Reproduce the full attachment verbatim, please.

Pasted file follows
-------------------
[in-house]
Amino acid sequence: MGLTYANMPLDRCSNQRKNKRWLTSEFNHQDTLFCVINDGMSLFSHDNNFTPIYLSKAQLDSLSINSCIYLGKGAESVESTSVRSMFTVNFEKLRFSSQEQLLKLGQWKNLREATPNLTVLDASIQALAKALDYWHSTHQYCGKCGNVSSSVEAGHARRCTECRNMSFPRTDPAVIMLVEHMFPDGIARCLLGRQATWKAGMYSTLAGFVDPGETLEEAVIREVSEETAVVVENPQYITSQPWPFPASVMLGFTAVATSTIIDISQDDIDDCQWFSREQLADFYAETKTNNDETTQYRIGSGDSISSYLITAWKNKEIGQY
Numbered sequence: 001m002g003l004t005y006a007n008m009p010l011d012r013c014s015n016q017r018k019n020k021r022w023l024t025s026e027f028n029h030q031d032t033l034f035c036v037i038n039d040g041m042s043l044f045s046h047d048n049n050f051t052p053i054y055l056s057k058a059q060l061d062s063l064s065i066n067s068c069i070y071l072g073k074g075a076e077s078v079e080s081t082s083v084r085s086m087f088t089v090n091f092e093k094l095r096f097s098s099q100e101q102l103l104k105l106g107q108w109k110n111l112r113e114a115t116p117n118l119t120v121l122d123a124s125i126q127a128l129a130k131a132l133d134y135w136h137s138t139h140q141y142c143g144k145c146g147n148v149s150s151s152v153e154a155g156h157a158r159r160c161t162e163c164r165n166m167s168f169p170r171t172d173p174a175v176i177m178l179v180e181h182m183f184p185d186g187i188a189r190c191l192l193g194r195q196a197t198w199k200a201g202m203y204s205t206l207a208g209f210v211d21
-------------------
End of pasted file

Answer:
[in-house]
Amino acid sequence: MGLTYANMPLDRCSNQRKNKRWLTSEFNHQDTLFCVINDGMSLFSHDNNFTPIYLSKAQLDSLSINSCIYLGKGAESVESTSVRSMFTVNFEKLRFSSQEQLLKLGQWKNLREATPNLTVLDASIQALAKALDYWHSTHQYCGKCGNVSSSVEAGHARRCTECRNMSFPRTDPAVIMLVEHMFPDGIARCLLGRQATWKAGMYSTLAGFVDPGETLEEAVIREVSEETAVVVENPQYITSQPWPFPASVMLGFTAVATSTIIDISQDDIDDCQWFSREQLADFYAETKTNNDETTQYRIGSGDSISSYLITAWKNKEIGQY
Numbered sequence: 001m002g003l004t005y006a007n008m009p010l011d012r013c014s015n016q017r018k019n020k021r022w023l024t025s026e027f028n029h030q031d032t033l034f035c036v037i038n039d040g041m042s043l044f045s046h047d048n049n050f051t052p053i054y055l056s057k058a059q060l061d062s063l064s065i066n067s068c069i070y071l072g073k074g075a076e077s078v079e080s081t082s083v084r085s086m087f088t089v090n091f092e093k094l095r096f097s098s099q100e101q102l103l104k105l106g107q108w109k110n111l112r113e114a115t116p117n118l119t120v121l122d123a124s125i126q127a128l129a130k131a132l133d134y135w136h137s138t139h140q141y142c143g144k145c146g147n148v149s150s151s152v153e154a155g156h157a158r159r160c161t162e163c164r165n166m167s168f169p170r171t172d173p174a175v176i177m178l179v180e181h182m183f184p185d186g187i188a189r190c191l192l193g194r195q196a197t198w199k200a201g202m203y204s205t206l207a208g209f210v211d21